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New Release Review - MORGAN

A risk assessment officer is assigned the task of deciding whether or not to terminate a sentient super-human creation.






Review by Eric Hillis (@hilliseric)

Directed by: Luke Scott

Starring: Kate Mara, Anya Taylor-Joy, Rose Leslie, Paul Giamatti, Toby Jones, Boyd Holbrook, Michelle Yeoh, Brian Cox, Jennifer Jason Leigh, Michael Yare



For a long stretch Morgan plays out like a poor man's Ex Machina, until a final act that descends into a by the numbers slasher movie, topped off with a final twist so obvious you'll likely have figured it out from the trailer, and probably dismissed it as too blatant.



Sci-fi thriller Morgan is so predictable its director's name is practically a spoiler. Luke Scott is the son of Ridley, and having served as an assistant director on his father's last two films, Exodus: Gods and Kings and The Martian, now makes the leap to megaphone wielder. His directorial debut takes the central themes of Scott Senior's masterpiece, Blade Runner, and dumbs them down for a movie that resembles the sort of ensemble sci-fi horrors that enjoyed brief popularity back in the '90s - movies like Species and Deep Blue Sea. Difference being, those movies were fun. Morgan has little to say, and says it all with a straight face.



Kate Mara plays Lee Weathers, a stuffy corporate drone for a shady firm involved in the creation of super-humans, the latest prototype of which, Morgan (The Witch's breakout star, Anya Taylor-Joy), has recently committed an 'error', exploding in a sudden violent rage that resulted in a scientist (Jennifer Jason Leigh) losing an eye. It's always fun and games until someone loses an eye.

It's up to Lee to assess whether or not Morgan can be considered a sentient lifeform, and thus afforded the same rights as a human, or if she can be terminated without ruining anyone's sleep.



Lee faces opposition from the scientists who created Morgan, and who have subsequently come to think of her as their child. They all inform Lee, and the audience, that Morgan is indeed a human, but the film doesn't back this up with enough evidence. Whenever we spend time with Morgan she's gouging eyeballs, breaking the necks of woodland animals and tearing out throats, so the choice is as clear cut for us as it is for Lee.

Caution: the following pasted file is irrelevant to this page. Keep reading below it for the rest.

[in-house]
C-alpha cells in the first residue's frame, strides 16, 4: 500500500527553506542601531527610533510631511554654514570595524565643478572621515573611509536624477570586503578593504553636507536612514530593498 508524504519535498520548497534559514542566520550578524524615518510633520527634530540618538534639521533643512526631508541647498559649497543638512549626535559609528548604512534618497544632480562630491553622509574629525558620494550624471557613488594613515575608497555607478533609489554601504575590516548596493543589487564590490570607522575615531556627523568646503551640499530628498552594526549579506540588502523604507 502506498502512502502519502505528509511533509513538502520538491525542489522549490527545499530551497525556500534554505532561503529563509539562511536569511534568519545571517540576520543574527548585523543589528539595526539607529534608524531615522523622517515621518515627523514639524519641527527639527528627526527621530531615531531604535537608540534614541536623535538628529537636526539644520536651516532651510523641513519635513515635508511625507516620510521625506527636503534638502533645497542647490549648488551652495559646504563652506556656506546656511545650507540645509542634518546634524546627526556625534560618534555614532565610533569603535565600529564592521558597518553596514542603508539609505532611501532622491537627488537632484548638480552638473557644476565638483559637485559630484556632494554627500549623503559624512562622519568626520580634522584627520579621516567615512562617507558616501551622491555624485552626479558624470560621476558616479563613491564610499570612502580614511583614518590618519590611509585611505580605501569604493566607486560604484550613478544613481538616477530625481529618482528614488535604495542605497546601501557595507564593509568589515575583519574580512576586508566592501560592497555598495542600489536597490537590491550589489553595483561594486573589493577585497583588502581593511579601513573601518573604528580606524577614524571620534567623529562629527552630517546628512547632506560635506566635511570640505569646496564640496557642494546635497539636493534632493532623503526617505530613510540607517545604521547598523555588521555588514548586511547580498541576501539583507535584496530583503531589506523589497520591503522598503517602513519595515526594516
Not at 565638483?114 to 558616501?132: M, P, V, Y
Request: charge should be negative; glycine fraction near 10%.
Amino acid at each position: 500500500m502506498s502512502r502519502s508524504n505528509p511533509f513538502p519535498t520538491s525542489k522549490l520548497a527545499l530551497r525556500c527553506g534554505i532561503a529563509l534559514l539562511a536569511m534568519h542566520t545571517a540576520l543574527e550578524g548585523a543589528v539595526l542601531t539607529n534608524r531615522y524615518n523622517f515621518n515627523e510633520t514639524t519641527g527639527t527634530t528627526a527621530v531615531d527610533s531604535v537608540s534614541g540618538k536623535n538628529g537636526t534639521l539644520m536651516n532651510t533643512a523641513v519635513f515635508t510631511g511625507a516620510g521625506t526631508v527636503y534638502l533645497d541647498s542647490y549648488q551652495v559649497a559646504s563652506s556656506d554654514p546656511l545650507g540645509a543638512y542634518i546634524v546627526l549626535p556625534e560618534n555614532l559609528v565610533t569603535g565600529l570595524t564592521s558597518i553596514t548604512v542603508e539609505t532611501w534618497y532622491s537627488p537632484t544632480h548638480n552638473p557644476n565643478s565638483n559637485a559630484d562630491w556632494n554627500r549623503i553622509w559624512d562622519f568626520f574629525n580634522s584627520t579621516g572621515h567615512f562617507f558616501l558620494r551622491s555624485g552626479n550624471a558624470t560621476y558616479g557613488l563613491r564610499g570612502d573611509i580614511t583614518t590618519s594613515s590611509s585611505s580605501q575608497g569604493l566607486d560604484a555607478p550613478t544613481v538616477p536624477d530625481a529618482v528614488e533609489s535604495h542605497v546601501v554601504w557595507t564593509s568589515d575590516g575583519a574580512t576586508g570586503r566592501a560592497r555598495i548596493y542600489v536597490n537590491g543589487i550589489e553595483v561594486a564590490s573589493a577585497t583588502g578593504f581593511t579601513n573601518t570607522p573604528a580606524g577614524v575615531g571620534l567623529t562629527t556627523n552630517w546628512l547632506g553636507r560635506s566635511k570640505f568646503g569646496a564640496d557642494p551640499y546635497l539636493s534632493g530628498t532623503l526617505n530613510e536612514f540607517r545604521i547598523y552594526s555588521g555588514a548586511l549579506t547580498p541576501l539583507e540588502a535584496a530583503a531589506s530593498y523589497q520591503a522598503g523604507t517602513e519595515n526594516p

The 'scientists' of Morgan are of that face-in-palm dumb variety you only find in poorly written sci-fi movies, none more dense than Paul Giamatti's doctor, who insists on going out of his way to wind up Morgan, knowing full well it will likely result in an explosion of rage on her part.



Morgan's opening acts are built around the theme of 'what constitutes life?', a question that's become prescient in 2016 with the debate around abortion rearing its head in many western nations, and of course that bloody Harambe debate that refuses to go away. The film refuses to commit to an interesting study of this topic though, and for a long stretch Morgan plays out like a poor man's Ex Machina, until a final act that descends into a by the numbers slasher movie, topped off with a final twist so obvious you'll likely have figured it out from the trailer, and probably dismissed it as too blatant. 

What's most frustrating about the twist is how it imparts information that would have made the movie far more suspenseful had we been offered it up front. In this respect, Morgan is an unwanted throwback to the dark days of late noughties M Night Shyamalan, a movie with nothing to offer save for a twist only its creator seems impressed by.

Morgan is in cinemas September 2nd.




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